Sustainable Development

Sustainable Development and DRR

Sustainable Development and DRR

Disaster risk reduction is an integral part of social and economic development, and is essential if development is to be sustainable for the future.

Making development sustainable requires addressing natural hazard risk and vulnerability in development plans.

Disasters can derail hard-earn development plans and progress.

Natural hazards, such as earthquakes, cyclones, floods and drought, pose significant threats to achieving and sustaining development plans and goals. The direct damage costs of disasters alone have risen from US$ 75.5 billion in the 1960s to roughly a trillion dollars in the past decade. These increasing figures has long-term social, economic and environmental costs to the people and communities that are affected disasters. As around 85 percent of people around the world exposed to natural hazards live in developing countries, reducing disaster risks in order to achieve sustainable development is of central importance.

UNISDR advocates for DRR as an instrument for sustainable development.

We advocate for the importance and necessity of linking disaster risk reduction with sustainable development initiatives. Our focal point for this area of work is Ms. Elina Palm (palm@un.org). The following are key international initiatives we work with:

UN Conference on Sustainable Development (Rio+20)

The MDGs, declared by 189 Head of States at the UN Millennium Summit in 2000, reflect a global commitment to the poor worldwide. Reducing disaster risk and increasing resilience to natural hazards in different development sectors can have multiplier effects and accelerate achievement of the MDGs. Learn more about the link between MDGs and DRR from our archive webpage. We are also part of the MDG Task Force of the United Nations Development Group.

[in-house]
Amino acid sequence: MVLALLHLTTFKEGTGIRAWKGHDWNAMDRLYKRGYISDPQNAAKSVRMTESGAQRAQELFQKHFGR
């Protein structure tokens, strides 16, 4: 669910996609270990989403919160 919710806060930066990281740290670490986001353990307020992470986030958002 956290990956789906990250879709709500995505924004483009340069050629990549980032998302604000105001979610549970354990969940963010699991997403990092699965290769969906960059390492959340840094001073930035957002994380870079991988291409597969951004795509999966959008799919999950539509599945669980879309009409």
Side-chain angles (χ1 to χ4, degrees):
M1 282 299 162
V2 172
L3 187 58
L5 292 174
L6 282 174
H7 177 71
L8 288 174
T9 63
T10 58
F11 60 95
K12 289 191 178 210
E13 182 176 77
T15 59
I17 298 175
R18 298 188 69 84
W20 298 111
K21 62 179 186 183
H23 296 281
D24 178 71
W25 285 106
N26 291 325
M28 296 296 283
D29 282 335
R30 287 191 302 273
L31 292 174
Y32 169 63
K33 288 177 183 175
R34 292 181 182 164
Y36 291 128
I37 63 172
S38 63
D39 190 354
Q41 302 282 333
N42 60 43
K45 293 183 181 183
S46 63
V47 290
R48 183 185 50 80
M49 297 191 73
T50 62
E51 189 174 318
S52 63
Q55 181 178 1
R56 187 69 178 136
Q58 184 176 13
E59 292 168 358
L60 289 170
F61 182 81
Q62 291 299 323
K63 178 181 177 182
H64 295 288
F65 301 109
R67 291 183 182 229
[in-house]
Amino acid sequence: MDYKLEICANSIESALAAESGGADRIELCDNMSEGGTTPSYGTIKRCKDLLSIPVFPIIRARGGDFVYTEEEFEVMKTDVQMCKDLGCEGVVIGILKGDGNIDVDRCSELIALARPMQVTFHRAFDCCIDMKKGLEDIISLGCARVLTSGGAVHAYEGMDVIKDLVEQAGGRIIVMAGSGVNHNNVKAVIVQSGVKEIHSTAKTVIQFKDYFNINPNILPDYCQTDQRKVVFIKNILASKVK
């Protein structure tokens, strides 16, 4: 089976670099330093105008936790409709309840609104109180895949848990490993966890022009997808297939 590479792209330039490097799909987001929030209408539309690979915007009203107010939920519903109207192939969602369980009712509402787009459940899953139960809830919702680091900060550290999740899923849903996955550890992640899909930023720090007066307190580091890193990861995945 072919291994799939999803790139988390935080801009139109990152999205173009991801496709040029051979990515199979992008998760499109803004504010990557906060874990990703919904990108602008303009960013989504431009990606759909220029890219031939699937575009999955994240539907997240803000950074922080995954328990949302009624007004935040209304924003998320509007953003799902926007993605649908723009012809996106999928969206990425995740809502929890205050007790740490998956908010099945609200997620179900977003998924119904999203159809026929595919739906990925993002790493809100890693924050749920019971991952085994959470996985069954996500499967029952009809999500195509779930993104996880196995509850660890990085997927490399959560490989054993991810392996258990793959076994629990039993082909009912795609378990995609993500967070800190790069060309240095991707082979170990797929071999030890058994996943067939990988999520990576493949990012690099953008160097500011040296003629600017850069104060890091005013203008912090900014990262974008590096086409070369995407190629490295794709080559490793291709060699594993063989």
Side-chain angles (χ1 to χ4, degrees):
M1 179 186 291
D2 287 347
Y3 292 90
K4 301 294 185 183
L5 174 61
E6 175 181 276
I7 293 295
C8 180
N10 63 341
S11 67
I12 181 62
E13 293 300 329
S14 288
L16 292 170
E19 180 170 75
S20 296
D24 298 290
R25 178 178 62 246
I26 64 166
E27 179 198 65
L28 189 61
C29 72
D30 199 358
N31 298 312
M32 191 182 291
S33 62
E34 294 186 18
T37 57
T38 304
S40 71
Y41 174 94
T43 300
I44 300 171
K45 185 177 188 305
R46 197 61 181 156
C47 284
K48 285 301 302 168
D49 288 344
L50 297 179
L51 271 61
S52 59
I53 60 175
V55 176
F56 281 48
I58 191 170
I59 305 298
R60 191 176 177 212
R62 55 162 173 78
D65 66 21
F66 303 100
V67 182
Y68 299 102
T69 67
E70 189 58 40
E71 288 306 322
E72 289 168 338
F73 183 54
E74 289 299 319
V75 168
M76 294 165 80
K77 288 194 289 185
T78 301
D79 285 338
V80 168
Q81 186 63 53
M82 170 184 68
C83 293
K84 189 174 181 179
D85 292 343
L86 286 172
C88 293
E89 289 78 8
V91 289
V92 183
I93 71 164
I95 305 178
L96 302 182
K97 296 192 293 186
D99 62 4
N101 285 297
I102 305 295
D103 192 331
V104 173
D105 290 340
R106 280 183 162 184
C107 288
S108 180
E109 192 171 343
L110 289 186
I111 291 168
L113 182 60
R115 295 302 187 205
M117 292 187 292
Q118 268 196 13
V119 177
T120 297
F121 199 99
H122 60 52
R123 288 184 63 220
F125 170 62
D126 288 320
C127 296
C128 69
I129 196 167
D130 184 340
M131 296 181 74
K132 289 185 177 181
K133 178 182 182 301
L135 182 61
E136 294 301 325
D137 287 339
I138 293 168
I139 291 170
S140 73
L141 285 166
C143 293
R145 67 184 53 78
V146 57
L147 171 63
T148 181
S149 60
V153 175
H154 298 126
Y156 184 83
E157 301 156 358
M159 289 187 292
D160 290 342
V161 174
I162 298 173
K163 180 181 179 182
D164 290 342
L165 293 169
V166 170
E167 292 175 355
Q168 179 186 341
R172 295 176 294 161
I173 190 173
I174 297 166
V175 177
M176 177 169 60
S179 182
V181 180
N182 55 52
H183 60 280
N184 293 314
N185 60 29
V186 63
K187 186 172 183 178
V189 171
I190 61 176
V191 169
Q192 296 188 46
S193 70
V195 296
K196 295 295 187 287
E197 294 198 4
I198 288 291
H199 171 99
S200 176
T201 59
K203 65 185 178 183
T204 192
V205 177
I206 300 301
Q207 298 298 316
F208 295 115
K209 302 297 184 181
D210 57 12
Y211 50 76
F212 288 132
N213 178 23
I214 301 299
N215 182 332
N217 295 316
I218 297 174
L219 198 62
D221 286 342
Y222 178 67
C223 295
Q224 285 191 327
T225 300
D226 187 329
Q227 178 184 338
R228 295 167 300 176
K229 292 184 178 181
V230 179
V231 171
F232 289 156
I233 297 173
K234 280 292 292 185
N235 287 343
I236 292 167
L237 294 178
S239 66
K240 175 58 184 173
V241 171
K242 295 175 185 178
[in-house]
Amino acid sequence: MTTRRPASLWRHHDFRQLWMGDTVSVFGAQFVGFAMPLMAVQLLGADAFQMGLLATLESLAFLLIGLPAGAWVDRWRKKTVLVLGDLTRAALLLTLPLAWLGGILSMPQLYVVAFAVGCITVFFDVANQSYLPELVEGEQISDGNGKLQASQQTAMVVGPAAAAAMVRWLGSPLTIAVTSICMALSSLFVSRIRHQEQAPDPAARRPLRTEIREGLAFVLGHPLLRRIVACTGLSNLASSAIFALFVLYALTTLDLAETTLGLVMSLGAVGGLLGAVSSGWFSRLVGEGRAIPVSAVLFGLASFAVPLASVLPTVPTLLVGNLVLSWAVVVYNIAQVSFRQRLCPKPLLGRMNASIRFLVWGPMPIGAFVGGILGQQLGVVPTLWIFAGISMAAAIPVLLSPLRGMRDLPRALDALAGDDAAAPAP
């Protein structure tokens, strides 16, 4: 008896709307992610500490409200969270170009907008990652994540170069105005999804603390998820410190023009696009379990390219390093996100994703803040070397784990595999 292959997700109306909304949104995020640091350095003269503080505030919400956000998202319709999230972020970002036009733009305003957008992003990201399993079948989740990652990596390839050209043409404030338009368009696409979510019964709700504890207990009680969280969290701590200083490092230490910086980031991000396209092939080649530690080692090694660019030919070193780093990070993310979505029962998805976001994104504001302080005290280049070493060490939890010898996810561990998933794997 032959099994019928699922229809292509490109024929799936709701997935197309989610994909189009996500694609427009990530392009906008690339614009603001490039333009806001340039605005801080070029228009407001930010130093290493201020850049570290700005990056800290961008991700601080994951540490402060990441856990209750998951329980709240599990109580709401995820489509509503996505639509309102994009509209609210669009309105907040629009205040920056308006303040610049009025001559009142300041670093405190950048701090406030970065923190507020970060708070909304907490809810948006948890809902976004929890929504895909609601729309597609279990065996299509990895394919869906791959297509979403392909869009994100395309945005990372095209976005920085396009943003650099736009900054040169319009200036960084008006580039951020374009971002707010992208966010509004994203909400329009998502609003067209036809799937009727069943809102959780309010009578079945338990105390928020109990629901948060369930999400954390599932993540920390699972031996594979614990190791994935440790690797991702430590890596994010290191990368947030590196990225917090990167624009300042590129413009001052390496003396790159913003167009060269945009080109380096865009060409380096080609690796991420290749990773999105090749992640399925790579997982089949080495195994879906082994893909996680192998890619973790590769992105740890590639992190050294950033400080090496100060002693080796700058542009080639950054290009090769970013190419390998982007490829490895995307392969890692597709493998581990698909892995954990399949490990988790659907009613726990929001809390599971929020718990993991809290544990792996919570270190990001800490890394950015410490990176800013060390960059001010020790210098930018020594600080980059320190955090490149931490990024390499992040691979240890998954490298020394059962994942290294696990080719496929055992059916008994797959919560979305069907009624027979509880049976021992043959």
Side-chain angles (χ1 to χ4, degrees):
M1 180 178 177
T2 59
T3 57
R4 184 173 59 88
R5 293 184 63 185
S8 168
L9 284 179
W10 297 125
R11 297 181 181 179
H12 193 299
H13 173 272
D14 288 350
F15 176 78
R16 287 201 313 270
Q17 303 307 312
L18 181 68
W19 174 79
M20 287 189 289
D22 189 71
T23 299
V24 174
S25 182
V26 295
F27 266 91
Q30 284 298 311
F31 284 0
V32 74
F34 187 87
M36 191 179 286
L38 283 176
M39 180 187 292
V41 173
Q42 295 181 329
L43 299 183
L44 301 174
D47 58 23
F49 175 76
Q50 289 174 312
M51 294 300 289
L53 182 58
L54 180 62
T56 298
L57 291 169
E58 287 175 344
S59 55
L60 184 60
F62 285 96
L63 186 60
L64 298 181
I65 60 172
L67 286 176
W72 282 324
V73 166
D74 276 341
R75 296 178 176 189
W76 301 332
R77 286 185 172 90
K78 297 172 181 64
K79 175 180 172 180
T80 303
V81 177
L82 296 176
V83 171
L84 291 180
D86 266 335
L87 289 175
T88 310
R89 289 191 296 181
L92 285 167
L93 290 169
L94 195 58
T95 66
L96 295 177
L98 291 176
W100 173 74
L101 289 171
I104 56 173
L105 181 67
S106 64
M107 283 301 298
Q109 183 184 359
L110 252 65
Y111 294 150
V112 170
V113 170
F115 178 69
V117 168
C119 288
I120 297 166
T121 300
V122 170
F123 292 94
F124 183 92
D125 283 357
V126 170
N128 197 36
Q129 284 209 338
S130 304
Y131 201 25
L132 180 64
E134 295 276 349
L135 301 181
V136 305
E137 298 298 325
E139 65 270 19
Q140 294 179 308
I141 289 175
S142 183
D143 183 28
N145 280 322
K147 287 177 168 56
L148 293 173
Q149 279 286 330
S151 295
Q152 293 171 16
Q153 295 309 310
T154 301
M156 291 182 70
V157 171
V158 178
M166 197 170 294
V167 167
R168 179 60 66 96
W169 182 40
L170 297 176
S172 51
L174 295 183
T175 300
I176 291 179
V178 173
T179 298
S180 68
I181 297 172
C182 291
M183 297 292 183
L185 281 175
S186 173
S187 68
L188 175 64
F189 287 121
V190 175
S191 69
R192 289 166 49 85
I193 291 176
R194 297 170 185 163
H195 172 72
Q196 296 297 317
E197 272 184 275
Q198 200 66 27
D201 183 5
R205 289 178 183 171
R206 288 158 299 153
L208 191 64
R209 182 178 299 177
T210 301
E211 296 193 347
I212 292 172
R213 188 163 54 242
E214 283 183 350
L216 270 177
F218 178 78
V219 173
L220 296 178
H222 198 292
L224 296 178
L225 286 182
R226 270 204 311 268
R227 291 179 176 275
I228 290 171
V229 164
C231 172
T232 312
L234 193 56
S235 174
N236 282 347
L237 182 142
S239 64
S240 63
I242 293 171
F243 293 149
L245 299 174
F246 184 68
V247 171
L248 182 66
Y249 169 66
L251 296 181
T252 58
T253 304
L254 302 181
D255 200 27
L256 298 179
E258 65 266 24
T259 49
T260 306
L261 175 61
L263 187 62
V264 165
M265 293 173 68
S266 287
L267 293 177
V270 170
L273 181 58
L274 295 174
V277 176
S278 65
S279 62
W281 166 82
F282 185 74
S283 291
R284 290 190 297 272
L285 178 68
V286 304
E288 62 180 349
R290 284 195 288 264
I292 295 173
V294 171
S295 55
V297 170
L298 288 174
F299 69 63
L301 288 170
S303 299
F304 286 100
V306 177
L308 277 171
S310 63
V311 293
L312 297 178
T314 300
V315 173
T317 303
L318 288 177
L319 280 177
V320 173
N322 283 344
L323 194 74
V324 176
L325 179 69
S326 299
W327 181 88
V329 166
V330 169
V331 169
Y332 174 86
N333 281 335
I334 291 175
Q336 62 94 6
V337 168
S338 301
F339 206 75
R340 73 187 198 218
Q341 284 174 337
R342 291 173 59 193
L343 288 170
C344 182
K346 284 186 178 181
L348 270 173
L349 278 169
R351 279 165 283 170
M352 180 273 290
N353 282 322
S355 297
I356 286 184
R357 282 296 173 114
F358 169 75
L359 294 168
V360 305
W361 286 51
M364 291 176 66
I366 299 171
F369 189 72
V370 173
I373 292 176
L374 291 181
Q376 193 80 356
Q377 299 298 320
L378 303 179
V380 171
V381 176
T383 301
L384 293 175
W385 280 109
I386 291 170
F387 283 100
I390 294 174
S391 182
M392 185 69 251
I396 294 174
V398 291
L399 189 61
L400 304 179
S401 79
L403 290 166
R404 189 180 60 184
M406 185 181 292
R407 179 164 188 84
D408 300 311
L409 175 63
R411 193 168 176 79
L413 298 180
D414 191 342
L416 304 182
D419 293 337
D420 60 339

Visit our Rio+20 and DRR webpage


Millennium Development Goals (MDGs)

The MDGs, declared by 189 Head of States at the UN Millennium Summit in 2000, reflect a global commitment to the poor worldwide. Reducing disaster risk and increasing resilience to natural hazards in different development sectors can have multiplier effects and accelerate achievement of the MDGs. Learn more about the link between MDGs and DRR from our archive webpage. We are also part of the MDG Task Force of the United Nations Development Group.

Visit the MDG website


Parliamentarians

Political leaders and legislators hold the primary responsibility protecting the lives and livelihoods of their country's citizens from disasters. We organize meetings with parliamentarians to increase their understanding of the links between disasters risk reduction and the MDGs. We also develop advocacy kits to equip members of parliaments with baseline critical priorities and practical steps to make disaster risk reduction an instrument for achieving the MDGs.

Visit our parliamentarian webpage



The United Nations General Assembly requested UNISDR to facilitate the development of a post-2015 framework for disaster risk reduction The United Nations General Assembly requested UNISDR to facilitate the development of a post-2015 framework for disaster risk reduction.
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